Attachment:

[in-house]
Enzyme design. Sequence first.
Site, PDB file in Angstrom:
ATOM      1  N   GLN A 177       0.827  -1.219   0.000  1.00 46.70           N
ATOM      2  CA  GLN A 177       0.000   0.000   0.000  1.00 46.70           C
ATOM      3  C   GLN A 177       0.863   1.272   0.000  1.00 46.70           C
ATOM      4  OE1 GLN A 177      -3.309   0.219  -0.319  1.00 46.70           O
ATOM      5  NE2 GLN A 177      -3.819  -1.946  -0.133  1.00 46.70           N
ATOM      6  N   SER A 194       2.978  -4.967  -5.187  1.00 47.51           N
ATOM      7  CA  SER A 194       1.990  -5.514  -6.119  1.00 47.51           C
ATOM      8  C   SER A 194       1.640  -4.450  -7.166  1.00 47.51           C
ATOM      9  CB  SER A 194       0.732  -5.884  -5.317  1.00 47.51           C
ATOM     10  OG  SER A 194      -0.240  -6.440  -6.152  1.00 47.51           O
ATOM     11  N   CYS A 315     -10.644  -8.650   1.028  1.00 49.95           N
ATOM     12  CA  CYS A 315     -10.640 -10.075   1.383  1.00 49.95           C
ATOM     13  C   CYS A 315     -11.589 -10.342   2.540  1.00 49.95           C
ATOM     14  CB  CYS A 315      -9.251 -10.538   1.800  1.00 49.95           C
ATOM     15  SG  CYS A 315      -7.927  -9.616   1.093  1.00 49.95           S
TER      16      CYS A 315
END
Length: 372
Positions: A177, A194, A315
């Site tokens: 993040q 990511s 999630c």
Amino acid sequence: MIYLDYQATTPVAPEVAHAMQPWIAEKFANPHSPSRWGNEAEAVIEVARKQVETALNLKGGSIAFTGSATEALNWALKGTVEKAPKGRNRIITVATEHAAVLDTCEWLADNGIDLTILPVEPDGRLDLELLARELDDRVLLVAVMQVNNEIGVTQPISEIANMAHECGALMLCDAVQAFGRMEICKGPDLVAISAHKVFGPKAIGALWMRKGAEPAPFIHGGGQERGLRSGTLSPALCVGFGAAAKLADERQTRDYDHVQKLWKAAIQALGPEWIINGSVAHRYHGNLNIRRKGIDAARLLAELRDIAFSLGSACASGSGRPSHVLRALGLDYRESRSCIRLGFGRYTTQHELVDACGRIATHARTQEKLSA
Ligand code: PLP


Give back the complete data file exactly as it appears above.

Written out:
[in-house]
Enzyme design. Sequence first.
Site, PDB file in Angstrom:
ATOM      1  N   GLN A 177       0.827  -1.219   0.000  1.00 46.70           N
ATOM      2  CA  GLN A 177       0.000   0.000   0.000  1.00 46.70           C
ATOM      3  C   GLN A 177       0.863   1.272   0.000  1.00 46.70           C
ATOM      4  OE1 GLN A 177      -3.309   0.219  -0.319  1.00 46.70           O
ATOM      5  NE2 GLN A 177      -3.819  -1.946  -0.133  1.00 46.70           N
ATOM      6  N   SER A 194       2.978  -4.967  -5.187  1.00 47.51           N
ATOM      7  CA  SER A 194       1.990  -5.514  -6.119  1.00 47.51           C
ATOM      8  C   SER A 194       1.640  -4.450  -7.166  1.00 47.51           C
ATOM      9  CB  SER A 194       0.732  -5.884  -5.317  1.00 47.51           C
ATOM     10  OG  SER A 194      -0.240  -6.440  -6.152  1.00 47.51           O
ATOM     11  N   CYS A 315     -10.644  -8.650   1.028  1.00 49.95           N
ATOM     12  CA  CYS A 315     -10.640 -10.075   1.383  1.00 49.95           C
ATOM     13  C   CYS A 315     -11.589 -10.342   2.540  1.00 49.95           C
ATOM     14  CB  CYS A 315      -9.251 -10.538   1.800  1.00 49.95           C
ATOM     15  SG  CYS A 315      -7.927  -9.616   1.093  1.00 49.95           S
TER      16      CYS A 315
END
Length: 372
Positions: A177, A194, A315
């Site tokens: 993040q 990511s 999630c």
Amino acid sequence: MIYLDYQATTPVAPEVAHAMQPWIAEKFANPHSPSRWGNEAEAVIEVARKQVETALNLKGGSIAFTGSATEALNWALKGTVEKAPKGRNRIITVATEHAAVLDTCEWLADNGIDLTILPVEPDGRLDLELLARELDDRVLLVAVMQVNNEIGVTQPISEIANMAHECGALMLCDAVQAFGRMEICKGPDLVAISAHKVFGPKAIGALWMRKGAEPAPFIHGGGQERGLRSGTLSPALCVGFGAAAKLADERQTRDYDHVQKLWKAAIQALGPEWIINGSVAHRYHGNLNIRRKGIDAARLLAELRDIAFSLGSACASGSGRPSHVLRALGLDYRESRSCIRLGFGRYTTQHELVDACGRIATHARTQEKLSA
Ligand code: PLP